Tis the Season
Tis the season and technology managers are seeing green. They are dreaming of purchases arriving in boxes. Red lights are everywhere!
Yes, it is the holiday season, but that is not what I am referencing. In higher education, it is also budget season. The vast majority of higher education institutions have a fiscal year that runs from July 1 to June 30. November through April is when we plan and gain approval for our budgets for the upcoming years. This year is going to be a particularly interesting one for many of us.
Let’s start with the green (money). This is the first budget season since the onset of COVID that should look more like a return to normal. For the past couple of years, many of us have had a “just make it work” mentality from our senior administration. Their philosophy was that students needed to be taking classes for the college to collect tuition, so anything that we needed to do to make sure those classes went on was automatically approved. This was great for our classroom upgrades and getting new equipment like microphones, document cameras, class capture and video cameras into classrooms. However, it is starting to feel a little bit like the week after Christmas, when your credit card bills start arriving and you realize how much you have spent. What we did during this time period was set expectations and those expectations will not go away quickly.
By upgrading all our classrooms and adding equipment to them, we have raised the base-level cost of every classroom on campus. This started in 2020, so as we prepare a budget that will last through the winter of 2024, we need to have budget increases to reflect the maintenance needs of this higher base cost of a classroom. In addition to all of the above reasons for a budget increase, many manufacturers have announced price increases of 10% or more. So — to keep up with that, we have to increase our overall budget by 10% simply to have the same purchasing power. Many technology managers could be asking for a 20-30% budget increase for FY 23-24.
At the same time, we are dreaming of purchases arriving in boxes. Yet, we are all very well aware of the sticky supply chain problems. Many of those dreams continue to be nightmares. As we watch the world news and see that China is still enforcing a zero-COVID policy, there is also social unrest in the country. A government crackdown and possible doubling down of the zero-COVID policy could halt any of the progress that has been made in material availability over the past few months. This continues to complicate our budget cycle in unique ways. We need to place orders for items now for upgrades that will take place over the summer, without even knowing what our budgets will be.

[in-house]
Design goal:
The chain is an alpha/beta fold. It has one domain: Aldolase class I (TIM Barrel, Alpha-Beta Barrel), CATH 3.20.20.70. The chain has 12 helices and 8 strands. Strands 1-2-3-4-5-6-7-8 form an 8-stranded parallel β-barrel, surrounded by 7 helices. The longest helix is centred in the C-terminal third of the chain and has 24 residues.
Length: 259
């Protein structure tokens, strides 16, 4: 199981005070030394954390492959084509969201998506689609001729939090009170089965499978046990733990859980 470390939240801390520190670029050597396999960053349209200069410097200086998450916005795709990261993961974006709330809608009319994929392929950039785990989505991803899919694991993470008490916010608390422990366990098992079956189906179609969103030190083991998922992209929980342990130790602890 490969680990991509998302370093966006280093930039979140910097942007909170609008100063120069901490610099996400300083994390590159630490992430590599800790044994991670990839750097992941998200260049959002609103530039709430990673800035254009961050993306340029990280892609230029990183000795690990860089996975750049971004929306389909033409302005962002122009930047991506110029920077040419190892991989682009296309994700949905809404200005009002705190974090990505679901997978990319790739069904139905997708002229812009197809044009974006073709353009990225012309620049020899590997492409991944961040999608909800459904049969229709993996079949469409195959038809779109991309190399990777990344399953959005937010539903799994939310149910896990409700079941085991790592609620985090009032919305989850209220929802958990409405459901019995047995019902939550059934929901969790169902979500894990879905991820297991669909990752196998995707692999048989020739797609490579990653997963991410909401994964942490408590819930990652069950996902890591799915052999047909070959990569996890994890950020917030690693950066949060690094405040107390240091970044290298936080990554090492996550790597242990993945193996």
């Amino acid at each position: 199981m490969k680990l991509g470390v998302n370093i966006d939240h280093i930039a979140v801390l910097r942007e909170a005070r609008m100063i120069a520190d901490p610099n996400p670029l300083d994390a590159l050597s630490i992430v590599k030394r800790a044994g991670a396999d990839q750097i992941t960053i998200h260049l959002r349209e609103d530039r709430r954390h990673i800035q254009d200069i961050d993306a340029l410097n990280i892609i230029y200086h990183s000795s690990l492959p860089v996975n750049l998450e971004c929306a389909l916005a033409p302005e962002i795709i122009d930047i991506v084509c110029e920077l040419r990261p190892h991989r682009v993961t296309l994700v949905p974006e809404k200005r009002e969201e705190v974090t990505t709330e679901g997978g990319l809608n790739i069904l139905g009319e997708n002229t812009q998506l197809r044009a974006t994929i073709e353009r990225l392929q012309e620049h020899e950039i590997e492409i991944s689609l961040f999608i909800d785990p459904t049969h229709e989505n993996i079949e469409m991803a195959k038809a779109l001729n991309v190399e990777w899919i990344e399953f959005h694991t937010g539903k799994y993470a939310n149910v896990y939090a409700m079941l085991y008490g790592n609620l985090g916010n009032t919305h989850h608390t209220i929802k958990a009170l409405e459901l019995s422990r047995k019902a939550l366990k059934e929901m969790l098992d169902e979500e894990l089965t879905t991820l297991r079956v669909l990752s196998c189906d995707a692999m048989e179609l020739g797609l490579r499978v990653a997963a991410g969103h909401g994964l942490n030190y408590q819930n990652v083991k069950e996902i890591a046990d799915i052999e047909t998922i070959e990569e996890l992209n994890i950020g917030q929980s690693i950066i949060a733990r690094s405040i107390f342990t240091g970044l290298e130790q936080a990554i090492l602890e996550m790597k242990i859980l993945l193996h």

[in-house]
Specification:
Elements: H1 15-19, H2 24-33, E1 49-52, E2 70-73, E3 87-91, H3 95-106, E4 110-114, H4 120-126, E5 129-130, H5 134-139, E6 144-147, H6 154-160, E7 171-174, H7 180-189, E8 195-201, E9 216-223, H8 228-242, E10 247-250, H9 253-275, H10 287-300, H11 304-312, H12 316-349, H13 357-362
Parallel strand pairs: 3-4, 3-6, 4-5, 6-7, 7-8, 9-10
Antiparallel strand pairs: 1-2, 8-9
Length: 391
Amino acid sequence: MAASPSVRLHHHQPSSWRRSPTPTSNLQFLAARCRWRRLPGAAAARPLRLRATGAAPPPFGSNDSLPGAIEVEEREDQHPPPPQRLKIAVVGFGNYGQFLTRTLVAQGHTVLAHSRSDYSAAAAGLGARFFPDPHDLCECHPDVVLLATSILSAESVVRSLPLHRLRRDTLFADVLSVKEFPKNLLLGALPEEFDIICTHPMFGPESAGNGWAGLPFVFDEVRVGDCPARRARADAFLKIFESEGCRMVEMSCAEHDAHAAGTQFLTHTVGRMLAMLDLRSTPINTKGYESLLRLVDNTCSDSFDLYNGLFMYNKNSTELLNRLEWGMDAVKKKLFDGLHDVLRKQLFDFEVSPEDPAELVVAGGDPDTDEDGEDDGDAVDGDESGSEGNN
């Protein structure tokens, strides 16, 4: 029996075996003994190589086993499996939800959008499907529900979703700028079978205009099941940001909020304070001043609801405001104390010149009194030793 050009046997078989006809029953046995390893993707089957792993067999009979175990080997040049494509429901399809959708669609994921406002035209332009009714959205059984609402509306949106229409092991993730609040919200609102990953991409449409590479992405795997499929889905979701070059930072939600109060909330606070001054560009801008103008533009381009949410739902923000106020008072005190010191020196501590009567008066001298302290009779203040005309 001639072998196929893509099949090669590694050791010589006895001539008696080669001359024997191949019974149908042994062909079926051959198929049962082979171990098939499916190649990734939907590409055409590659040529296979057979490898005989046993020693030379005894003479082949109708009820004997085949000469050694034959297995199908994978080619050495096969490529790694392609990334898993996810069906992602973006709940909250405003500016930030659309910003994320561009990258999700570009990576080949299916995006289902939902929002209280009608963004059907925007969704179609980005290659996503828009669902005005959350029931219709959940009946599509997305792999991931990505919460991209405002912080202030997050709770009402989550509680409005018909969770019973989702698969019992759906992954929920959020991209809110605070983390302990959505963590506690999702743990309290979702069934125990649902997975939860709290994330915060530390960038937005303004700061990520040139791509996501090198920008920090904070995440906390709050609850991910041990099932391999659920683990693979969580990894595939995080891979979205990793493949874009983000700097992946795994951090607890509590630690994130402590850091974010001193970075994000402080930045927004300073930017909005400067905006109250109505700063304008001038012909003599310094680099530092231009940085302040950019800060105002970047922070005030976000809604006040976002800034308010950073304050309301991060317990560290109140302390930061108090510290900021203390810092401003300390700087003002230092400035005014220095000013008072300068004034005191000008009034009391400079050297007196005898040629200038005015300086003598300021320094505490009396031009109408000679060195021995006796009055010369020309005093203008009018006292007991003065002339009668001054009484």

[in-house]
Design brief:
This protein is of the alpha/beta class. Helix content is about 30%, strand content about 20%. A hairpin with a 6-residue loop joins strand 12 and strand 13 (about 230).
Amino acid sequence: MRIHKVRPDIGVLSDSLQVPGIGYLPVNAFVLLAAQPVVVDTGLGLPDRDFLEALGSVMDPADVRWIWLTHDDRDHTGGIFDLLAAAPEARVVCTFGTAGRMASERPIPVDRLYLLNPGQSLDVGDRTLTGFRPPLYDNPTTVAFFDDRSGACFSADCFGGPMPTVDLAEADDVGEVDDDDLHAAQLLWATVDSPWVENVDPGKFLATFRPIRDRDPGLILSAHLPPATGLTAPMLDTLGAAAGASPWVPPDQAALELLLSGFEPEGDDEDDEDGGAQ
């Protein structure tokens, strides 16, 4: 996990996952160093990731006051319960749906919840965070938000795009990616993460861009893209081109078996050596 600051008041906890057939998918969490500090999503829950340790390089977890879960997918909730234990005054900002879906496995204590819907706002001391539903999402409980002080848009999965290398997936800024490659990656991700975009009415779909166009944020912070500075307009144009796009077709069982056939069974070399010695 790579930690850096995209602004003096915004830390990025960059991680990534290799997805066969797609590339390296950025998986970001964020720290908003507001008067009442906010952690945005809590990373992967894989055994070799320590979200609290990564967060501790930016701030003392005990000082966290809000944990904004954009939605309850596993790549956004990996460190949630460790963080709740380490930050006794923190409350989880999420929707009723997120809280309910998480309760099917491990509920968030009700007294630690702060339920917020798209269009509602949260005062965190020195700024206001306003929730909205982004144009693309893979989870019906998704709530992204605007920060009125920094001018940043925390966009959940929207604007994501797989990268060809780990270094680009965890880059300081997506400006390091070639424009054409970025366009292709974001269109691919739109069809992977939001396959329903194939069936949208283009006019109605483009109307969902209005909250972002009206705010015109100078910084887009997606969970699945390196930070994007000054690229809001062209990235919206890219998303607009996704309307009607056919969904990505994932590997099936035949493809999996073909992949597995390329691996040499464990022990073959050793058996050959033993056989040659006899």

Beyond the obvious problem of actually getting equipment, supply chain issues cause other budgeting problems for higher education, particularly for large public institutions. These institutions typically require a purchase order for everything that is ordered. As is the point of a PO, that money is then encumbered. If the person who placed the order knows that the product will not arrive before the end of the FY, they can not cancel the PO and spend that money on other products. Their finance departments will not permit that. Rather, they need to leave the PO in place, essentially losing that money out of the current fiscal year, and then having it charged to next fiscal year. The effect on their budget is that they have that amount of money lost from each FY’s budget. On the other hand, most schools would carry some money heading into the winter/early spring of a FY to deal with emergencies that may arise. However, they are now looking to spend that money on guesses of what they may need because they know they won’t get product in the current FY if ordered after late January.
Ah, and those pretty lights that we all associate with the holiday season. Well, those may actually be blinking red and yellow lights that are signaling problems in the economy coming up in 2023. If you are paying attention to various signals, they are telling us clearly that we are heading into an economic downturn. The housing market and the auto market — two of the hottest markets of the past two years — have shown signs of a slowdown. The price of copper has dropped significantly over the year. Economists refer to copper as Dr. Copper because its price is a strong predictor of how the overall economy is doing. Finally, if we consider inflation and the end of federal COVID relief money, it is easy to see why many higher education institutions are facing a difficult and unpredictable budgeting season.
Putting it all together, we have a need for significantly increased AV budgets at our institutions due to more equipment in classrooms. We have inflation that has caused a standard across-the-board price increase on equipment. We have serious supply chain problems. There are significant signs of a global economic downturn. In retrospect, no, this will not be a “normal” budgeting season.